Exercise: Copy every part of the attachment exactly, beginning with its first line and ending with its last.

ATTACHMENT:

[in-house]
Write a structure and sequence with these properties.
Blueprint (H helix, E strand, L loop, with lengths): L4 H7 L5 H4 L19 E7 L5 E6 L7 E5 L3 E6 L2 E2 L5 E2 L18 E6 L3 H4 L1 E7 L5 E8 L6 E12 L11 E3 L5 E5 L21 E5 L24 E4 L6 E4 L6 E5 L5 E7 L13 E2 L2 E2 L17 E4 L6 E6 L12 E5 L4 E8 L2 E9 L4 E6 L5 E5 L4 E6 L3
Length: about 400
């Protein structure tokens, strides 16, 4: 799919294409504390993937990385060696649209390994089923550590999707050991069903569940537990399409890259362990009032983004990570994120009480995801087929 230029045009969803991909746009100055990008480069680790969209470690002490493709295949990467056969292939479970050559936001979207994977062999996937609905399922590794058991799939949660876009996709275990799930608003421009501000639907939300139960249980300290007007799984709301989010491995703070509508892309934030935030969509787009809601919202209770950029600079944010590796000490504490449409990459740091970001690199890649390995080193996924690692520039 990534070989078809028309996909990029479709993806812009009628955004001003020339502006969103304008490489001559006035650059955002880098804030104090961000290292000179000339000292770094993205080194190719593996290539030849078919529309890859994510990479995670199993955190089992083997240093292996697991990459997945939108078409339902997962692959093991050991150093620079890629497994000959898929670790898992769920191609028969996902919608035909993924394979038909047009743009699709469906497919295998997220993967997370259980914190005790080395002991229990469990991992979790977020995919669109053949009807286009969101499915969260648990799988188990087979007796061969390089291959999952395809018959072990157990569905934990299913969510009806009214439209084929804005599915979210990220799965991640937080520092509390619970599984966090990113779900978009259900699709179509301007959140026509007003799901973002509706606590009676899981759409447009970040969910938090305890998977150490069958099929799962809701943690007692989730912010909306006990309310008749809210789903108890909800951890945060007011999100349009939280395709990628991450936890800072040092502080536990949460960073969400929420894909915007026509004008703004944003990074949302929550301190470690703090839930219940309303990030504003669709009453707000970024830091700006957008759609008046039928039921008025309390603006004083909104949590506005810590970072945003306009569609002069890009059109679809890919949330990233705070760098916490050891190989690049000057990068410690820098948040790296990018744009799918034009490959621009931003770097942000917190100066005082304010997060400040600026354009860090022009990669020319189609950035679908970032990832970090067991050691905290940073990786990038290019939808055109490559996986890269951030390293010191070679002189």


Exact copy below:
[in-house]
Write a structure and sequence with these properties.
Blueprint (H helix, E strand, L loop, with lengths): L4 H7 L5 H4 L19 E7 L5 E6 L7 E5 L3 E6 L2 E2 L5 E2 L18 E6 L3 H4 L1 E7 L5 E8 L6 E12 L11 E3 L5 E5 L21 E5 L24 E4 L6 E4 L6 E5 L5 E7 L13 E2 L2 E2 L17 E4 L6 E6 L12 E5 L4 E8 L2 E9 L4 E6 L5 E5 L4 E6 L3
Length: about 400
């Protein structure tokens, strides 16, 4: 799919294409504390993937990385060696649209390994089923550590999707050991069903569940537990399409890259362990009032983004990570994120009480995801087929 230029045009969803991909746009100055990008480069680790969209470690002490493709295949990467056969292939479970050559936001979207994977062999996937609905399922590794058991799939949660876009996709275990799930608003421009501000639907939300139960249980300290007007799984709301989010491995703070509508892309934030935030969509787009809601919202209770950029600079944010590796000490504490449409990459740091970001690199890649390995080193996924690692520039 990534070989078809028309996909990029479709993806812009009628955004001003020339502006969103304008490489001559006035650059955002880098804030104090961000290292000179000339000292770094993205080194190719593996290539030849078919529309890859994510990479995670199993955190089992083997240093292996697991990459997945939108078409339902997962692959093991050991150093620079890629497994000959898929670790898992769920191609028969996902919608035909993924394979038909047009743009699709469906497919295998997220993967997370259980914190005790080395002991229990469990991992979790977020995919669109053949009807286009969101499915969260648990799988188990087979007796061969390089291959999952395809018959072990157990569905934990299913969510009806009214439209084929804005599915979210990220799965991640937080520092509390619970599984966090990113779900978009259900699709179509301007959140026509007003799901973002509706606590009676899981759409447009970040969910938090305890998977150490069958099929799962809701943690007692989730912010909306006990309310008749809210789903108890909800951890945060007011999100349009939280395709990628991450936890800072040092502080536990949460960073969400929420894909915007026509004008703004944003990074949302929550301190470690703090839930219940309303990030504003669709009453707000970024830091700006957008759609008046039928039921008025309390603006004083909104949590506005810590970072945003306009569609002069890009059109679809890919949330990233705070760098916490050891190989690049000057990068410690820098948040790296990018744009799918034009490959621009931003770097942000917190100066005082304010997060400040600026354009860090022009990669020319189609950035679908970032990832970090067991050691905290940073990786990038290019939808055109490559996986890269951030390293010191070679002189």